Within the last year, Volkswagen and several of its executives and employees have pled guilty to criminal charges stemming from a scheme to cheat environmental standards; Wells Fargo Bank received a $100 million fine for inducing its employees to secretly and illegally open unauthorized accounts; and Google grappled with how to respond to a leaked internal memo regarding diversity in the workforce that the public perceived as demonstrating male chauvinistic bias. All three corporations faced resounding criticism from shareholders, public and press alike.   However, also within the last year, Kenneth Frazier, CEO of multi-billion-dollar pharmaceutical company Merck was hailed by as “courageous”, “brave” and even “heroic” when he resigned from US President Donald J. Trump’s American Manufacturing Council in August 2017 and publicly declared that his reason for doing so was in protest to Trump’s response to the racially driven events in Charlottesville, VA, days before. In today’s world, “courageous directors” have unprecedented opportunities to serve as global influencers. Even as private sector leaders achieve fame by engaging socially and championing brands that claim to improve quality of life, consumers, investors and employees increasingly demand that corporations act in ways beneficial to society. Looking forward, boards of directors will need to remain ahead of rapidly-evolving trends and address deceptively simple questions. What does the company seek to achieve, and where does it see its place in society? Shaping a better world - and corporate sectorSalzburg Global Seminar’s mission is to challenge current and future leaders to shape a better world. Founded in 2015, the Salzburg Global Forum on Corporate Governance seeks to deliver on that mission in the corporate sector. The third session of the Forum, The Courageous Director: Can Corporations Better Serve People, Planet, and Profit?, held October 2017, explored the role of the corporation as a good citizen, while assessing techniques to keep boards of directors alert, active, and effective in meeting their fiduciary duties in the current and future landscapes. It explored how directors might emerge as global thought leaders, to ensure multinational corporations can succeed both in achieving profit and in satisfying conflicting demands of the jurisdictions and societies in which they operate. This new report from Salzburg Global Seminar highlights the significant outcomes from the discussions at the two-day high-level meeting, including breakout groups that analyzed the scandals affecting Volkswagen, Wells Fargo, and Google and offered key recommendations for the three corporations.  The report also includes interviews from many corporate sector leaders, offering insights on what it takes to be a “courageous director”.  As Salzburg Global Vice President and Chief Program Officer Clare Shine notes: “Today’s corporations are under ever closer scrutiny. Like the rest of society, their operations and culture will have to change radically as the ‘Fourth Industrial Revolution’ gathers pace. Attitudes to power, progress and value are already in flux. Against this backdrop, courage in the boardroom will matter more than ever before.” Download the report as a PDF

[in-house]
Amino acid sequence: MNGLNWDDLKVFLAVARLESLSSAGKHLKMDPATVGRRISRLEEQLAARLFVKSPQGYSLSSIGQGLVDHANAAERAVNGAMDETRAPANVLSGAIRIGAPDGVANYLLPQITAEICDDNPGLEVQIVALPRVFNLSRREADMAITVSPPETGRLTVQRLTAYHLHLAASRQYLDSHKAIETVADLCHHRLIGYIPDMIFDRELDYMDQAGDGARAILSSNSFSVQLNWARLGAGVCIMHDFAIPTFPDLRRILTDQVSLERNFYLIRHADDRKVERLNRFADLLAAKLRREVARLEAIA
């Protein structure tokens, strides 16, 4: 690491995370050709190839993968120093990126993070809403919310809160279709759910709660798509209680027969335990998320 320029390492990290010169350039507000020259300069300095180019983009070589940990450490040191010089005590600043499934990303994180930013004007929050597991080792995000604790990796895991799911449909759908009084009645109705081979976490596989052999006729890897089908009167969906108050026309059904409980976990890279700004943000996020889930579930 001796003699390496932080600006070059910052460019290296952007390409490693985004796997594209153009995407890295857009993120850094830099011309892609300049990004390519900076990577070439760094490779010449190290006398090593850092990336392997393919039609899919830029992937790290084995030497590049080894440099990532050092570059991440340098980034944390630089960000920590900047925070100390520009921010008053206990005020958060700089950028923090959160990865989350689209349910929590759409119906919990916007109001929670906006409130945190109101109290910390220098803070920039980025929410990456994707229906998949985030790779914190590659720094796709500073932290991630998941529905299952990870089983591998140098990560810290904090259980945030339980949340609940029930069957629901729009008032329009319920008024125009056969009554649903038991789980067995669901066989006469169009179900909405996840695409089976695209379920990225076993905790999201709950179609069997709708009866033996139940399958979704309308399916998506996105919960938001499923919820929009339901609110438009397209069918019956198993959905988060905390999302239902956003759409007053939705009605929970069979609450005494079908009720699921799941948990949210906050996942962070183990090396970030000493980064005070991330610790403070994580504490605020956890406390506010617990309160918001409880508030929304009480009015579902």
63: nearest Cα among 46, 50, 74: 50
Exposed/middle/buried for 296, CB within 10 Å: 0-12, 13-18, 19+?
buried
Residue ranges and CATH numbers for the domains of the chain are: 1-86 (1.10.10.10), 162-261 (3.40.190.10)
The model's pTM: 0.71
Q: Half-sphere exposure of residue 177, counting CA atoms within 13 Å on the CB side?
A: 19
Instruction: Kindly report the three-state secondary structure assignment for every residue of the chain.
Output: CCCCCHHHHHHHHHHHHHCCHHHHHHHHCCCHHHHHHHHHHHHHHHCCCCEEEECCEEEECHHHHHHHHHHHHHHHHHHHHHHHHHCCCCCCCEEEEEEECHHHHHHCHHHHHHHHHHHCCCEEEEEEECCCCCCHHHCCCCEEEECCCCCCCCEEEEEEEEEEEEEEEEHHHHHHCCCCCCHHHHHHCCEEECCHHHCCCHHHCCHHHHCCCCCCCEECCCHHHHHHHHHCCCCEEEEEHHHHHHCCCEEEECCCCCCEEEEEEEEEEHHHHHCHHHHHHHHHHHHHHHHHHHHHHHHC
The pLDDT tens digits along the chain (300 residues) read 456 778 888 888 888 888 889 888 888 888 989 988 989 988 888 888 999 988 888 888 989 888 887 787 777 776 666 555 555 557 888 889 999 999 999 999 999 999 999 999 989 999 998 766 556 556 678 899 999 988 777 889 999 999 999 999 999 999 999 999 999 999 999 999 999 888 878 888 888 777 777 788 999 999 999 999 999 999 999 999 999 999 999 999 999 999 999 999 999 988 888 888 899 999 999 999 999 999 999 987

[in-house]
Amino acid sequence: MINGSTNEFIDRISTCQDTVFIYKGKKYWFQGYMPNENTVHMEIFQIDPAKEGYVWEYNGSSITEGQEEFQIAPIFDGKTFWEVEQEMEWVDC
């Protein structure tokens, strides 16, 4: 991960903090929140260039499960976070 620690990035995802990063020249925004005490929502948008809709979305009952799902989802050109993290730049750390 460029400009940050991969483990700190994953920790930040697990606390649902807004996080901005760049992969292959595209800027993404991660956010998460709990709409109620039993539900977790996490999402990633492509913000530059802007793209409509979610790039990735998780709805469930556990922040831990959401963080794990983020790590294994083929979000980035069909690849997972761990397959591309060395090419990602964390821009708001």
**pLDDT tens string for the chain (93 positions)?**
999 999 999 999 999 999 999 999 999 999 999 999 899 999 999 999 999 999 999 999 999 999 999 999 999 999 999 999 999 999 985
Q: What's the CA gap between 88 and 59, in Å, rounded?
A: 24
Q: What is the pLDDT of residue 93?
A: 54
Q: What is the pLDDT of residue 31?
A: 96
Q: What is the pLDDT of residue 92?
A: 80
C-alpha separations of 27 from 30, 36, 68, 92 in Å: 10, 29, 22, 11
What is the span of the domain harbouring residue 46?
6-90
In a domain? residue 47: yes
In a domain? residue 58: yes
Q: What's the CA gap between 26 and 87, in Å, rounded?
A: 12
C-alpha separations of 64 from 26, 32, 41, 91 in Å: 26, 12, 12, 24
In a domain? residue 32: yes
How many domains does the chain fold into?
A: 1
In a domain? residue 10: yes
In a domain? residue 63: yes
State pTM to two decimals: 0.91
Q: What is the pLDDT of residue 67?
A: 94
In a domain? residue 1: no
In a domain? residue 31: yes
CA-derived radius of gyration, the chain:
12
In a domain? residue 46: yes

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Report now online - Life and Justice in America: Implications of the New Administration
Report now online - Life and Justice in America: Implications of the New Administration
Salzburg Global Seminar 
In September 2017, 57 academics, professionals, practitioners, observers, and students of American Studies from 25 countries, convened at Schloss Leopoldskron, Salzburg, Austria for the session Life and Justice in America: Implications of the New Administration. As this weekend marks the one year anniversary of Donald J. Trump's inauguration as president of the United States on January 20, 2017, it is a timely occasion for the publication of the report from the 15th symposium of the Salzburg Seminar American Studies Association (SSASA). Since its founding in 1947, Salzburg Global Seminar has been examining, debating and dissecting America and its culture and institutions. Drawing on the 70 years of cross-border exchange that began at Schloss Leopoldskron in the aftermath of war, the multi-disciplinary four-day program examined what the “American Dream” means in today’s world and assessed progress in the United States toward fulfilling that potential.  Fairness and justice, immigration issues, incarceration practices, demographic changes, implications and challenges of new policies, and the fulfillment of domestic and foreign expectations were all key elements of focus for the session. The ultimate question for scrutiny and discussion was “How does the apparent reality of life and justice in America today reflect on the historic ‘American Dream’ and the ‘Promise of America,’ globally and in the United States since the founding of the Salzburg Seminar in American Studies in 1947?” This report offers summaries of each of the day’s thematic discussions and a list of resources provided by the participants, as well as interviews with some faculty members and speakers: Elaine T. May: Despite being preoccupied with safety, Americans have made themselves less secureLecia Brooks: Dedicated to ending injustice in AmericaLinell Letendre: Justice requires a culture of leadership, professionalism and respectDreamscape: Exploring race and justice in AmericaAsif Efrat: The new US administration has shown less interest in international cooperationNancy Gertner: “Lawyers should effect social change”Chris Lehmann: American justice is still a model for the world – but a flawed model